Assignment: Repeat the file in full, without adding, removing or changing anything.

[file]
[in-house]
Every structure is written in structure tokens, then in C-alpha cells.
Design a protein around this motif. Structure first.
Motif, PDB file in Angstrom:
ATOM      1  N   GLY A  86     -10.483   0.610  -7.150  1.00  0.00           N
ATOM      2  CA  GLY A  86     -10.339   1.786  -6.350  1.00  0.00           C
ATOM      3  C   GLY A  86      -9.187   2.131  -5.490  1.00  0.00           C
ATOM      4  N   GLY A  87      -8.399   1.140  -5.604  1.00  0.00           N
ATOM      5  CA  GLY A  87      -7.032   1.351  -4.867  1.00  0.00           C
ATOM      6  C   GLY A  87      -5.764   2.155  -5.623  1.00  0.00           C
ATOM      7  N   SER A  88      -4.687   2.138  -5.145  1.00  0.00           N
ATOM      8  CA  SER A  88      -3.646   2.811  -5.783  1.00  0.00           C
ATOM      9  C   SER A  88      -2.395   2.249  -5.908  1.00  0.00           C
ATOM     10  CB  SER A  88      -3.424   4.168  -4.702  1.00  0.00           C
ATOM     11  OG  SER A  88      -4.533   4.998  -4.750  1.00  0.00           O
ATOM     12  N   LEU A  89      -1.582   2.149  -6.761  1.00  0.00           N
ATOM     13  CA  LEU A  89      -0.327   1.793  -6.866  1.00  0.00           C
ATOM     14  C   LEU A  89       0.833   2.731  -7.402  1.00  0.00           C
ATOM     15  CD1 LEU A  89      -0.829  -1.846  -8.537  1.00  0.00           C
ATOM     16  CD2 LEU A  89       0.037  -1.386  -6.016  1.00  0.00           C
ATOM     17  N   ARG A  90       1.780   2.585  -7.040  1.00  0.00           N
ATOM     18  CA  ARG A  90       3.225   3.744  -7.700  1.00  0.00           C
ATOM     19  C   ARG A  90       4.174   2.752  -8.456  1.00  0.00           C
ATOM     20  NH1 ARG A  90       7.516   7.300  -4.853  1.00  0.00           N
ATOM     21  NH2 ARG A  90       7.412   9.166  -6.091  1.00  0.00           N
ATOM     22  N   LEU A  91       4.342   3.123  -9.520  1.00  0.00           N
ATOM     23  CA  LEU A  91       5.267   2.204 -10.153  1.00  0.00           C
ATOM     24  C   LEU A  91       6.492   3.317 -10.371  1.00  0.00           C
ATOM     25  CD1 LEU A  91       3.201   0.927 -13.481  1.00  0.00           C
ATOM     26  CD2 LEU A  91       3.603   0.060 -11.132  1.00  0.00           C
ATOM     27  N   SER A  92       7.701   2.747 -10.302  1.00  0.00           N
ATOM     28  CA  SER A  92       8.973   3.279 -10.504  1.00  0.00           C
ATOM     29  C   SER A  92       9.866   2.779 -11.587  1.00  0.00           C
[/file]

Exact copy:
[in-house]
Every structure is written in structure tokens, then in C-alpha cells.
Design a protein around this motif. Structure first.
Motif, PDB file in Angstrom:
ATOM      1  N   GLY A  86     -10.483   0.610  -7.150  1.00  0.00           N
ATOM      2  CA  GLY A  86     -10.339   1.786  -6.350  1.00  0.00           C
ATOM      3  C   GLY A  86      -9.187   2.131  -5.490  1.00  0.00           C
ATOM      4  N   GLY A  87      -8.399   1.140  -5.604  1.00  0.00           N
ATOM      5  CA  GLY A  87      -7.032   1.351  -4.867  1.00  0.00           C
ATOM      6  C   GLY A  87      -5.764   2.155  -5.623  1.00  0.00           C
ATOM      7  N   SER A  88      -4.687   2.138  -5.145  1.00  0.00           N
ATOM      8  CA  SER A  88      -3.646   2.811  -5.783  1.00  0.00           C
ATOM      9  C   SER A  88      -2.395   2.249  -5.908  1.00  0.00           C
ATOM     10  CB  SER A  88      -3.424   4.168  -4.702  1.00  0.00           C
ATOM     11  OG  SER A  88      -4.533   4.998  -4.750  1.00  0.00           O
ATOM     12  N   LEU A  89      -1.582   2.149  -6.761  1.00  0.00           N
ATOM     13  CA  LEU A  89      -0.327   1.793  -6.866  1.00  0.00           C
ATOM     14  C   LEU A  89       0.833   2.731  -7.402  1.00  0.00           C
ATOM     15  CD1 LEU A  89      -0.829  -1.846  -8.537  1.00  0.00           C
ATOM     16  CD2 LEU A  89       0.037  -1.386  -6.016  1.00  0.00           C
ATOM     17  N   ARG A  90       1.780   2.585  -7.040  1.00  0.00           N
ATOM     18  CA  ARG A  90       3.225   3.744  -7.700  1.00  0.00           C
ATOM     19  C   ARG A  90       4.174   2.752  -8.456  1.00  0.00           C
ATOM     20  NH1 ARG A  90       7.516   7.300  -4.853  1.00  0.00           N
ATOM     21  NH2 ARG A  90       7.412   9.166  -6.091  1.00  0.00           N
ATOM     22  N   LEU A  91       4.342   3.123  -9.520  1.00  0.00           N
ATOM     23  CA  LEU A  91       5.267   2.204 -10.153  1.00  0.00           C
ATOM     24  C   LEU A  91       6.492   3.317 -10.371  1.00  0.00           C
ATOM     25  CD1 LEU A  91       3.201   0.927 -13.481  1.00  0.00           C
ATOM     26  CD2 LEU A  91       3.603   0.060 -11.132  1.00  0.00           C
ATOM     27  N   SER A  92       7.701   2.747 -10.302  1.00  0.00           N
ATOM     28  CA  SER A  92       8.973   3.279 -10.504  1.00  0.00           C
ATOM     29  C   SER A  92       9.866   2.779 -11.587  1.00  0.00           C